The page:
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Trudeaumania 2.0: Canada’s Liberal Honeymoon Proves Substantive

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Justin Trudeau gives his victory speech upon being elected Canada’s next Prime Minister. Flickr.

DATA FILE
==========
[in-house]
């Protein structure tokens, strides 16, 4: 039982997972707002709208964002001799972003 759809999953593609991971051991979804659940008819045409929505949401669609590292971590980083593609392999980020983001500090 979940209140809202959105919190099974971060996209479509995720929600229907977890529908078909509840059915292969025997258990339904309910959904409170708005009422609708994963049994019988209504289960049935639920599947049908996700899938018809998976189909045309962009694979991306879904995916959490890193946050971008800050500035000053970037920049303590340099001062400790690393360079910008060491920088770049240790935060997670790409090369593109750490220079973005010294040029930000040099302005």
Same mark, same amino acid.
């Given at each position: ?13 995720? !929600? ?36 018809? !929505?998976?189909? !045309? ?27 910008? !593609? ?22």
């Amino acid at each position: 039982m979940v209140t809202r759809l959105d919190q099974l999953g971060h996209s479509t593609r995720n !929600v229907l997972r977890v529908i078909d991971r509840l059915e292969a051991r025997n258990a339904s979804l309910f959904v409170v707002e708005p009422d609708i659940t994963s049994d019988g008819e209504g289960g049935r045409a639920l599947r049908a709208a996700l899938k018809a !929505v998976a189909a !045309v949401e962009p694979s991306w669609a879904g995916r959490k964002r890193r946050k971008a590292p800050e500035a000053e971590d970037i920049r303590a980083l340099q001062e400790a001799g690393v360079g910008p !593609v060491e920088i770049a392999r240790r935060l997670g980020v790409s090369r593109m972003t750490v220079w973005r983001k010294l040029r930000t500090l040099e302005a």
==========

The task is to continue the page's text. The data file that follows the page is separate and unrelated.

Since winning the national elections last December, Prime Minister Justin Trudeau made waves as the fresh new face of Canadian politics. At 44, the son of former Prime Minister Pierre Trudeau bolstered Canada’s international image and popularity, leading to a political honeymoon with the promise of reform and a charismatic young leader. The celebration is only heightened when juxtaposed with the near decade-long reign of Conservative Prime Minister Stephen Harper. However, this liberal wave, hailed as a potential second Trudeaumania (the term used to describe Pierre Trudeau’s surge in popularity upon his election), proved to be more substantive than empty promises and charm from a relatively inexperienced politician. In his first 100 days in office, the Prime Minister made progress on the 214 promises made during the campaign cycle, demonstrating that Trudeau is an effective foil to his Conservative predecessor.